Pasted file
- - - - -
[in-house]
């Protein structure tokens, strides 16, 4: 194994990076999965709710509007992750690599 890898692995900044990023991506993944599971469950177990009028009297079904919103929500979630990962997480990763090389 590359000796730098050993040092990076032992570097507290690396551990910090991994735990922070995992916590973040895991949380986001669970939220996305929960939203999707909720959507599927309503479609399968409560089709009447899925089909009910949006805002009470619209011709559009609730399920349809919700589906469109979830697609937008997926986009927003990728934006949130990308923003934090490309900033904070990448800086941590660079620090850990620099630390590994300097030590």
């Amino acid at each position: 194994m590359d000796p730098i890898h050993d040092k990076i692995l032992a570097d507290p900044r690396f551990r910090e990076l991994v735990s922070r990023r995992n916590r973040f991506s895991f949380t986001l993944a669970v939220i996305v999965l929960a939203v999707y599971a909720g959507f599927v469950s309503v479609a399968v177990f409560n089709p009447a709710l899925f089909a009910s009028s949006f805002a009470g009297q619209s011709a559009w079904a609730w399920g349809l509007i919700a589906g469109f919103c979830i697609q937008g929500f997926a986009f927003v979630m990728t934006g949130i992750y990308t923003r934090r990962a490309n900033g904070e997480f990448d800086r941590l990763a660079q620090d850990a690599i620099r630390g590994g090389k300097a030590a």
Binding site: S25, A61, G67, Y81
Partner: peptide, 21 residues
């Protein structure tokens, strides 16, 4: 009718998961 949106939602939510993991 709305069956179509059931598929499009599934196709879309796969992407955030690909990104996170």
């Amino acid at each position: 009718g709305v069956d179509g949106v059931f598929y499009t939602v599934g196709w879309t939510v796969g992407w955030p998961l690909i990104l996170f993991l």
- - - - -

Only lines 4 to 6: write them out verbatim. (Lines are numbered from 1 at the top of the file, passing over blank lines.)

Binding site: S25, A61, G67, Y81
Partner: peptide, 21 residues
């Protein structure tokens, strides 16, 4: 009718998961 949106939602939510993991 709305069956179509059931598929499009599934196709879309796969992407955030690909990104996170």